Hsiao-Hang Tao D.Phil. Candidate
Hsiao-Hang’s research interest lies in the fields of soil ecology, tropical agroecology and rural development. Her PhD project focuses on the effects of crop residue management on soil ecosystem functioning and services in oil palm plantations, which is under Biodiversity and ecosystem function in tropical agriculture project (BEFTA) and in collaboration with Smart Research Institute (SMARTRI) in Sumatra, Indonesia. She is supervised by Prof. Kathy Willis (University of Oxford, Kew) and Jake Snaddon (University of Southampton). She also collaborates with Southeast Asia International Plant Nutrition Institute (IPNI).
Before her doctoral training, she worked as a research assistant for Wetland Ecology Laboratory in Biodiversity Research Centre of Academia Sinica (Taipei) and Observer Ecological Consultant Co., Ltd (Taipei). Between 2009-10 she volunteered in New Zealand (Department of Conservation) and Australia (Conservation volunteer in Australia, CVA). Her background is in Botany (BSc, National Taiwan University, 2002-2006), and Molecular and Cellular Biology (MSc, National Taiwan University, 2006-2008).
Sustainable soil management is seen as one of the important strategies for increasing and maintaining ecosystem services in oil palm plantations. It is a method that is proposed to enhance palm oil production, improve soil health, and mitigate soil erosion. Application of the recycled oil palm residues, such as empty fruit bunches (EFB), is therefore a widely-used soil management practice in commercial oil palm plantations. Previous studies have shown that applying EFB in the field enhanced soil fertility and production. However, the influence of this practice on soil sustainability, such as soil biodiversity and physical properties, is largely unknown. This knowledge gap restrains our understanding and implementation of EFB, which has a great potential for improving ecosystem services within oil palm plantings. Here, we propose an empirical approach to measure the soil biodiversity and physical properties at Indonesian long-term oil palm trials under different dosage and frequency of EFB application.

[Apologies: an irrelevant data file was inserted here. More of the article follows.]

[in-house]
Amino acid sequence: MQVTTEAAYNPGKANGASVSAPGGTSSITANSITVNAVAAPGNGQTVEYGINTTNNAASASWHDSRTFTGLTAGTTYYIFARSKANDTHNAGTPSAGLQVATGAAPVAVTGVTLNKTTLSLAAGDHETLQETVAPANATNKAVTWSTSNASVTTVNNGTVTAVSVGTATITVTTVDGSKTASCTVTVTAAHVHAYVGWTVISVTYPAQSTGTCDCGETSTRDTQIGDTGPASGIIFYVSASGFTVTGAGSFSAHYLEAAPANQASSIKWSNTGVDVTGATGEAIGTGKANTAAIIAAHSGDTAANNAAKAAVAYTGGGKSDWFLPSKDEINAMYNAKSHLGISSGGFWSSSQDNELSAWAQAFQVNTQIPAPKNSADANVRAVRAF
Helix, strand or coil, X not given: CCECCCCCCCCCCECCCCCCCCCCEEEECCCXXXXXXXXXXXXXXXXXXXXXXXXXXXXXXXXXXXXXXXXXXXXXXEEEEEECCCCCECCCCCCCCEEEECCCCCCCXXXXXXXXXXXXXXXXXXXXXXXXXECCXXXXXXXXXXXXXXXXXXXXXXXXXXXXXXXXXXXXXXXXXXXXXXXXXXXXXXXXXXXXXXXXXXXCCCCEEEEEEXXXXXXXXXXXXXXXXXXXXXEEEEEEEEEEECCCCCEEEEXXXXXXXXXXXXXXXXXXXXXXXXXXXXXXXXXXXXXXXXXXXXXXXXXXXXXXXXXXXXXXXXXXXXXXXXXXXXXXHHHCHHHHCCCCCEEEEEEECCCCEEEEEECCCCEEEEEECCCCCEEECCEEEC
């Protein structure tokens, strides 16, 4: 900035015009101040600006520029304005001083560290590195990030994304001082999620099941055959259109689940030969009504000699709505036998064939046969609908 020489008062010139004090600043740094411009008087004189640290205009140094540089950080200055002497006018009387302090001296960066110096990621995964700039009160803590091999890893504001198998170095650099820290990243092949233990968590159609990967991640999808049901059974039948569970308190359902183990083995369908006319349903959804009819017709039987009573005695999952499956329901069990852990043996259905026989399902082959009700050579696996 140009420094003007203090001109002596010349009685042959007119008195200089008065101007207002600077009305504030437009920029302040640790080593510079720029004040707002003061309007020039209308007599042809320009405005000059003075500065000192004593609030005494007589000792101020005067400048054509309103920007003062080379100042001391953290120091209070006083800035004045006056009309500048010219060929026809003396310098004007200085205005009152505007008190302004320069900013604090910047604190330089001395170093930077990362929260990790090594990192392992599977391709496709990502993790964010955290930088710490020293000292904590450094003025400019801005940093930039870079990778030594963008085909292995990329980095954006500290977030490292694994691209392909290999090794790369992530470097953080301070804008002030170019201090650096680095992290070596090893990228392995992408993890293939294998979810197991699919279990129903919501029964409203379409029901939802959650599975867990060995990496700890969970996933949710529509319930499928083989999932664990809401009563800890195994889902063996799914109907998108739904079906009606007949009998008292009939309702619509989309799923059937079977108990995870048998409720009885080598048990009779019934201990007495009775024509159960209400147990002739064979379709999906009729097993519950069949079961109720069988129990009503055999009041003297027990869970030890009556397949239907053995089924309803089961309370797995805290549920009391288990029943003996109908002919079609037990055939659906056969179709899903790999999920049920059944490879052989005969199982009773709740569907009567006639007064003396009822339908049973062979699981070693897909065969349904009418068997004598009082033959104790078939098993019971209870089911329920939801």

Hsiao-Hang Tao, Eleanor M. Slade, Kathy J. Willis, Jean-Pierre Caliman , Jake L. Snaddon (2016) Effects of soil management practices on soil fauna feeding activity in an Indonesian oil palm plantation. Agriculture, Ecosystems and Environment 218 (2016):133-140. DOI 10.1016/j.agee.2015.11.012.
Hsiao-Hang Tao, Jake L. Snaddon, Eleanor M. Slade, Resti Wahyu, Jean-Pierre Caliman , Kathy J. Willis (2015) Effects of empty fruit bunch (EFB) application on soil fauna feeding activity in oil palm plantations. Conference proceedings for Workshop on sustainable management of soil in oil palm, Medan. http://aciar.gov.au/files/pr144-web.pdf
Chorng-Bin Hsu, Gwo-Wen Hwang, Jane-Fuh Lu, Chang-Po Chen, Hsiao-Hang Tao, Hwey-Lian Hsieh (2014). Habitat Characteristics of the Wintering Common Teal in the Huajiang Wetland, Taiwan. Wetlands 34 (6):1207-1218. DOI 10.1007/s13157-014-0581-7.